Scorching heat in South Korea leads to electricity failures, casualties
SEOUL — As the scorching weather continues, several regions across South Korea suffered blackouts caused by circuit failures following high electricity demands.
According to Korea Electric Power Corp. on Sunday, the electricity went out in 756 households of nine apartment buildings in Gwangju at 10:10 p.m. on Saturday. While the power came back for most of the houses after two hours, the outage continued as of Sunday noon for 252 households in the three apartment buildings.
In Busan, 200 households suffered from an electricity outage from 10:30 p.m. to 2 a.m. on Sunday.
Districts in Seoul also suffered similar blackouts on Saturday. In an apartment complex at Gangseo-gu, the power went out for two minutes for 1,600 households at 6:03 p.m. In Nowon-gu, the power failure occurred to 690 households in an apartment complex for 40 minutes at around 9 p.m. A thousand households also suffered a blackout for a couple of hours in Dongdaemun-gu.
Kepco thinks the power failures occurred because electric transformers overloaded.
“When power outage occurs, people should not try to fix it on their own, but dial 123 for help as it can cause a short circuit,” an official from the Ministry of Interior and Safety said.
The number of death toll increased with the intensive heat.
A 21-year-old autistic man died after staying in a car parked under scorching sun for hours in Hongseong, South Chungcheong Province.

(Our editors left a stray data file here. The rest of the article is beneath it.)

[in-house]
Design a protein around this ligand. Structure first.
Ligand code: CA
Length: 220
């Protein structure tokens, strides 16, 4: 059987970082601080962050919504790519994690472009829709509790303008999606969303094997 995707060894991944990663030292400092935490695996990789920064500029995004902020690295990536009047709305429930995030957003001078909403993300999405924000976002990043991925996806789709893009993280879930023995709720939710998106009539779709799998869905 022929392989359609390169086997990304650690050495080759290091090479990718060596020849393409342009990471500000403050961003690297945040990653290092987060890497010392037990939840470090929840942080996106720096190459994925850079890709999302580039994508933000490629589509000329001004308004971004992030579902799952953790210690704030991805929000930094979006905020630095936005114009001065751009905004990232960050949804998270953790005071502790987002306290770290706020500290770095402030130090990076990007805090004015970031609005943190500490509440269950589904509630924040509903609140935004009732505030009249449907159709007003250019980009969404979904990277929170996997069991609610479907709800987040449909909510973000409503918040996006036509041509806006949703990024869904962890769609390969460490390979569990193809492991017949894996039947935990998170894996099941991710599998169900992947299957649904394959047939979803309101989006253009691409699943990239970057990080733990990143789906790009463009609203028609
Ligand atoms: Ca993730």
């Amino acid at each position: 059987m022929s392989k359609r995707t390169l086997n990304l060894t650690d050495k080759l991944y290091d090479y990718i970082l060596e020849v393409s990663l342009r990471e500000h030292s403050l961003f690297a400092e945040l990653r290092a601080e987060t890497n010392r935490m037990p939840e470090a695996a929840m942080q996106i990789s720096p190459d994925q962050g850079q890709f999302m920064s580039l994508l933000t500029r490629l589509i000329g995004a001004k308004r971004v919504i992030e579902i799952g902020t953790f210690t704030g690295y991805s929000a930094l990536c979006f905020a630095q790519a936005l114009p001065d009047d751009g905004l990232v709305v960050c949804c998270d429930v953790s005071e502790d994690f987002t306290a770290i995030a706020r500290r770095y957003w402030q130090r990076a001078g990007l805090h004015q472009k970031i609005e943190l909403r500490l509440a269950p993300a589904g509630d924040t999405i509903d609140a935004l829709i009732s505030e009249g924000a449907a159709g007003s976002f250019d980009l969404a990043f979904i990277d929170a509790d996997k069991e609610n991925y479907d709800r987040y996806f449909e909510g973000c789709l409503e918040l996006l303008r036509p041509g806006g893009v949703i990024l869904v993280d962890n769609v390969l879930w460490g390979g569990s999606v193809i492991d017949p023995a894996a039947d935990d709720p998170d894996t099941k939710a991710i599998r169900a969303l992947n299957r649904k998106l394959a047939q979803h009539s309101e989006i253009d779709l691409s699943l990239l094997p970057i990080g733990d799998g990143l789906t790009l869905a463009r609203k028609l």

According to the provincial fire department, the victim had passed out inside a car near an apartment complex when he was found by the car owner at 12:17 p.m. on Saturday.
The victim was transferred to a nearby hospital by the rescue team immediately after discovery, but died. He suffered symptoms of heat cramps and his body temperature rose to as high as 42 C at the time, the fire authorities said.
The owner of the car had parked the car without locking the door at around 6 p.m. on Friday, and found Lee inside the car the next day. The day time high reached 35.9 C in Hongseong on the day.
The autistic victim had a cognitive disorder and could not open car doors, according to the mother’s testimony to the police.
According to Korea Centers for Disease Control and Prevention, over 469 cases of heat-related illnesses were reported last week.
On Sunday, the daytime highs hovered around 33 to 37 decrees C across the country. The government is reviewing whether to revise the disaster law to include intensive heat as a disaster.
“We have decided great heat should be included in the list of natural disasters. The ministry will express support to the National Assembly when it reviews revision of the related laws,” an official from the Ministry of the Interior and Safety said.
The current Act on the Management of Disasters and Safety defines “natural disasters” as situations caused by weather conditions such as typhoons, floods, droughts, earthquakes and meteorites. But the list does not include intense heat.
The ministry appears to change its stance from a year ago, when it said a heat wave could not be categorized as a disaster. At the time, the National Disaster and Safety Status Control Center maintained it was taking proper measures to deal with heat-related problems, and that temperature fluctuations following seasonal changes were predictable.
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